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The Barangay as a political unit is the most enduring legacy of our pre-Hispanic past. As pupils
we learned that the word barangay traces its roots to balangay the small but sturdy boats that
our Malay ancestors used to navigate the rough seas of the Pacific to settle in these lands.
As barangay officials, it would be best to understand the history of this unique political unit so as
to better recognize its indispensability to effective local and national governance.
In the ancient barangay, the datu was the head and under the datu was the vital Council of Elders
which acted as an advisory body. It is important to underscore that the datu may either be male or
female. This is a reflection of how democratic our pre-Hispanic ancestors were because gender
did not matter so long as the datu had the trust and confidence of the people.
The only requirement was that the datu must have distinguished himself or herself in some way
be it in battle or as a crisis manager. The position can be inherited but only if successors possess
the same traits as the predecessor. Otherwise, a new and more deserving datu was selected by all
free men and women of the barangay, regardless of social class. Datus were indeed genuine
public servants who gave premium to the interest and welfare of the barangay.
The barangay is also the principal link of the people to the municipal, provincial and national
government and vice versa. Because you operate at the grassroots level, your inputs regarding
the needs of your constituents is invaluable as you are the most accurate barometer of the real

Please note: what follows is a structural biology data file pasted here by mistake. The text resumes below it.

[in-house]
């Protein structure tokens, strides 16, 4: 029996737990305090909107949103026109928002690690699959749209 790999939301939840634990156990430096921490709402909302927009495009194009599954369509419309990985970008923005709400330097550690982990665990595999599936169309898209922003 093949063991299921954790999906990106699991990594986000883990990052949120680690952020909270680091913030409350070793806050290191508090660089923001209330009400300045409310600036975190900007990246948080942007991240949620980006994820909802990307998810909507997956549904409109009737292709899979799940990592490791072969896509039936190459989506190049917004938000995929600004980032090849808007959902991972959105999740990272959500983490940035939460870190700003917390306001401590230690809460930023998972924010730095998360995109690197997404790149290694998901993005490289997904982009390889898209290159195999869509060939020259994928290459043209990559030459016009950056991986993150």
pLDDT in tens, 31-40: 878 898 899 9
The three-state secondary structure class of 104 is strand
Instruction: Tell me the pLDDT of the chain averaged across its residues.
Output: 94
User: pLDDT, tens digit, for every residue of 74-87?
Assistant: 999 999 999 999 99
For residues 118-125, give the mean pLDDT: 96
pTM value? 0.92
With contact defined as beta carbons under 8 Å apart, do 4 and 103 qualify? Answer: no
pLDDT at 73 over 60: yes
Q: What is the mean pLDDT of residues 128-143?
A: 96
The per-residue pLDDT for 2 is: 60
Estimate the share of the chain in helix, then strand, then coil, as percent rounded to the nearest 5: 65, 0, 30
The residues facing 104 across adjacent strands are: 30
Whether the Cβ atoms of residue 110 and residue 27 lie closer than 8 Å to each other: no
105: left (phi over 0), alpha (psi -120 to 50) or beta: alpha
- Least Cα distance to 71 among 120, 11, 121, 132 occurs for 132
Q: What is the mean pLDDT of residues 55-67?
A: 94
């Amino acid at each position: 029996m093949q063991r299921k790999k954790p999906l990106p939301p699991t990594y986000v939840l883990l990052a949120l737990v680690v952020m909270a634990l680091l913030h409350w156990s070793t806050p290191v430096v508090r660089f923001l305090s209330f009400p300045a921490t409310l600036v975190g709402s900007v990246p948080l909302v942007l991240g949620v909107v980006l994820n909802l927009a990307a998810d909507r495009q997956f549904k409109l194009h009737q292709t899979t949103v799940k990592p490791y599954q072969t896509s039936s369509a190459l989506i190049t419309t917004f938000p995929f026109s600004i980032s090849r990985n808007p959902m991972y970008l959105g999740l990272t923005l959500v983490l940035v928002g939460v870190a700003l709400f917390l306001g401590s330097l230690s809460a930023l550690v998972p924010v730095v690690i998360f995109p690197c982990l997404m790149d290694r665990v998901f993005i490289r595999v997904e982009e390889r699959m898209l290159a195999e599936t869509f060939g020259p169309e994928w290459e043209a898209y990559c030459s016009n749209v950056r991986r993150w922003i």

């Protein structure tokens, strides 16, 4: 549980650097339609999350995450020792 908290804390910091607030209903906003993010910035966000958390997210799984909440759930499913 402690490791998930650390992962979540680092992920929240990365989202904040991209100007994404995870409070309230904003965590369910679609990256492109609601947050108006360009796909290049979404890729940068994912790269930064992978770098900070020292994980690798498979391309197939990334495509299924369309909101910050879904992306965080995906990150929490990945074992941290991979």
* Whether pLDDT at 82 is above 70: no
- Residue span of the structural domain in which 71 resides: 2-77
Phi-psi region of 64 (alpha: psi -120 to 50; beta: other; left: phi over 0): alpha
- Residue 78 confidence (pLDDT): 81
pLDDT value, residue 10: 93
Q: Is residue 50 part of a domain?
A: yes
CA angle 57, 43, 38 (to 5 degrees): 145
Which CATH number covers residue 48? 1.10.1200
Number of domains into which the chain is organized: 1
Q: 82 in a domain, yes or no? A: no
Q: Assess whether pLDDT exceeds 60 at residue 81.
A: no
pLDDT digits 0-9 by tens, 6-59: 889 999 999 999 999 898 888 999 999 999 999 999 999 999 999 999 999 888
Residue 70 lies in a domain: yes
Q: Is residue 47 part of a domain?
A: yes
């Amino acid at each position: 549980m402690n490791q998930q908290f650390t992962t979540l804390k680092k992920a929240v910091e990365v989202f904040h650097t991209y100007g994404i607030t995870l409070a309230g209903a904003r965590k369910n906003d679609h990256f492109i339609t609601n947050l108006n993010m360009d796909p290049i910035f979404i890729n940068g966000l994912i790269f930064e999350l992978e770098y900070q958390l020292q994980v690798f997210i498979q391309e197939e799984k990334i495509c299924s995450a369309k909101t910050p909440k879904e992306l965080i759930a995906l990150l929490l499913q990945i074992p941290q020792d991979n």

pulse of the people.
The executive powers of the barangay primarily include enforcing all laws and ordinances
applicable within the barangay and the planning of programs, projects and activities in the
community. Its legislative powers are vested with the Sangguniang Barangay which is mandated
to enact ordinances necessary to discharge the responsibilities conferred on it by law. Finally, the
barangay has quasi-judicial powers. Through the Lupong Tagapamayapa, it has the authority to
mediate and amicably settle disputes between members of the barangay. In fact, a certification
from the Lupon that no conciliation or settlement has been reached regarding matters within its
authority is required as a pre-condition to the filing of a case in court or any other government
office for adjudication.
The fusion of the powers of the three branches of government in the barangay places this small
political unit a notch higher than the parliamentary system. In a parliamentary set-up, executive
and legislative functions are exercised simultaneously but barangay officials also have quasijudicial powers apart from the power to implement and enact laws.
The duties and responsibilities of barangay officials seem endless because apart from all those
Ive already underscored, the barangay also has fiscal or taxing powers and is tasked to maintain
peace and order. Under Sec. 152 of the Local Government Code, barangays may levy taxes,
fees, and charges which shall exclusively accrue to them. Moreover, it is expressly provided
in Sec. 388 of the same statute that the barangay is charged with the maintenance of public
order, protection and security of life and property, or the maintenance of a desirable balanced